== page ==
Dateline: 5 PM Friday December 8, 2000
We arrived at about noon today after a three hour flight from McMurdo. The flight to Pole was much nicer than the one down to McMurdo. It is shorter and less crowded, and we were in the cockpit for most of the ride over the Trans-Antarctic Mountains and the Beardmore Glacier. Incredibly beautiful!
It is a warm day today:
Temperature: -27.3°C, -17.1°F
Windchill: -43.8°C, -46.8°F
Barometer: 693.6 mbar
Physio Altitude: 10116 feet
Pole is a magical place. If you have been here, then when you return it almost feels as though you never left. It is really a nice first day at Pole -- especially clear sunny skies and warm weather, at least for here. It is hard to describe. One gets off a loud dark LC-130 cargo plane and steps out into bright sunshine on a flat white surface. The engines of the plane are roaring in the background, as they do not shut them off because of the cold, and then the cold hits you. Crisp and sharp.
The station is really filled up -- 224 people tonight. I am in a Jamesway which is a canvas-covered structure. I have my own space and now that I found my room it is great. I am close to the door so I hope people are careful about not slamming it. It was hard finding my room today because all the lights are out as some people sleep during the day. Actually day and night here are all the same; the only things that change are the where in the sky the sun is (not how high) and when the meals are served. I have my flashlight out and ready for the next time.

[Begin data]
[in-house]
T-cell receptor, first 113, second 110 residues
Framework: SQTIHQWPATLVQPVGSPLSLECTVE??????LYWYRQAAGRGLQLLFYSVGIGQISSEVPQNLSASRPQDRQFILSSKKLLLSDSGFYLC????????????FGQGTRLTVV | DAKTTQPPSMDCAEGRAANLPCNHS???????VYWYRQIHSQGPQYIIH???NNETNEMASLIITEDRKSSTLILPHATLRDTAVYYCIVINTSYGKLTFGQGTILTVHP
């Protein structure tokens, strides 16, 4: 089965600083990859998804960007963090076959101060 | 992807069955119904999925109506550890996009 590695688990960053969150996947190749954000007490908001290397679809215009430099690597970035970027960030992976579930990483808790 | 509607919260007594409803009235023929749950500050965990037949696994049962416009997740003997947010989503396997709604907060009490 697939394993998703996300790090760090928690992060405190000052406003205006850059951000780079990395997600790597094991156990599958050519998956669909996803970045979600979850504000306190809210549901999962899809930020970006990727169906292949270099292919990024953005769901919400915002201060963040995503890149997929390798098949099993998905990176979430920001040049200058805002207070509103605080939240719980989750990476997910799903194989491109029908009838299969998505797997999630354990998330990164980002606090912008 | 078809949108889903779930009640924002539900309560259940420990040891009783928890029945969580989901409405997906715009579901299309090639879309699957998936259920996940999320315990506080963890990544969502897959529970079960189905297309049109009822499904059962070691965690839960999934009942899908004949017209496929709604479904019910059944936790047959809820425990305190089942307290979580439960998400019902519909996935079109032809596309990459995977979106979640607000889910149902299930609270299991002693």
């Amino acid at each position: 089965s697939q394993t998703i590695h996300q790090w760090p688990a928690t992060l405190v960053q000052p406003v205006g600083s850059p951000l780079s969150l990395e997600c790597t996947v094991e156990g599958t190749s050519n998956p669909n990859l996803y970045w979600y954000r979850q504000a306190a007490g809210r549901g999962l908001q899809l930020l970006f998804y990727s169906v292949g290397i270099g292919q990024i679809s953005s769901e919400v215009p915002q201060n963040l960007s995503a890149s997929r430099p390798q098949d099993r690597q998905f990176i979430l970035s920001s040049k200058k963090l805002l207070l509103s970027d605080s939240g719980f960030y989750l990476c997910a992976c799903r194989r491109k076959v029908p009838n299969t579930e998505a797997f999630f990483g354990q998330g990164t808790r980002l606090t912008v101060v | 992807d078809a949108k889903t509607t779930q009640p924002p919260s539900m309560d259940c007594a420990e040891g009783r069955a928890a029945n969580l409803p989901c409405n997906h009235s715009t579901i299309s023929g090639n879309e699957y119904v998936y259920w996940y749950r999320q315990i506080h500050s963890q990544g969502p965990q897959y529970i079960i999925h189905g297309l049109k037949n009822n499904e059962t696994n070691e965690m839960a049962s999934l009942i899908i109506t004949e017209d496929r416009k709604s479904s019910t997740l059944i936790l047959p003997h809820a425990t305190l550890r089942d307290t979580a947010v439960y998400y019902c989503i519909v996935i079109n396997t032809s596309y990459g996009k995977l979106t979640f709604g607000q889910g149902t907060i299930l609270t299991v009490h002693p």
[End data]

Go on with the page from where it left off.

We are taking it easy today as we can already feel the effects of the altitude. I am drinking liquids every chance that I get. Right now I am out at the Dark Sector in MAPO (the Martin A. Pomerantz Observatory) getting things set up for later in the week. There is a lot of activity out here on the CARA telescopes. By the way the "Dark Sector" is an area set aside for research, and by dark they mean that there isn't any radio transmission so that signals do not interfere with the telescopes.
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CARA's research and education programs are supported in part by the National Science Foundation under a cooperative agreement, grant number NSF OPP 89-20223. © Copyright 1998,1999,2000 by Center for Astrophysical Research in Antarctica. This copyright applies to all web pages and images created by CARA. Check out CARA's organizational home page.Questions? Comments? email us at firstname.lastname@example.org Last modified Tuesday, 12-Dec-2000 12:08:29 CST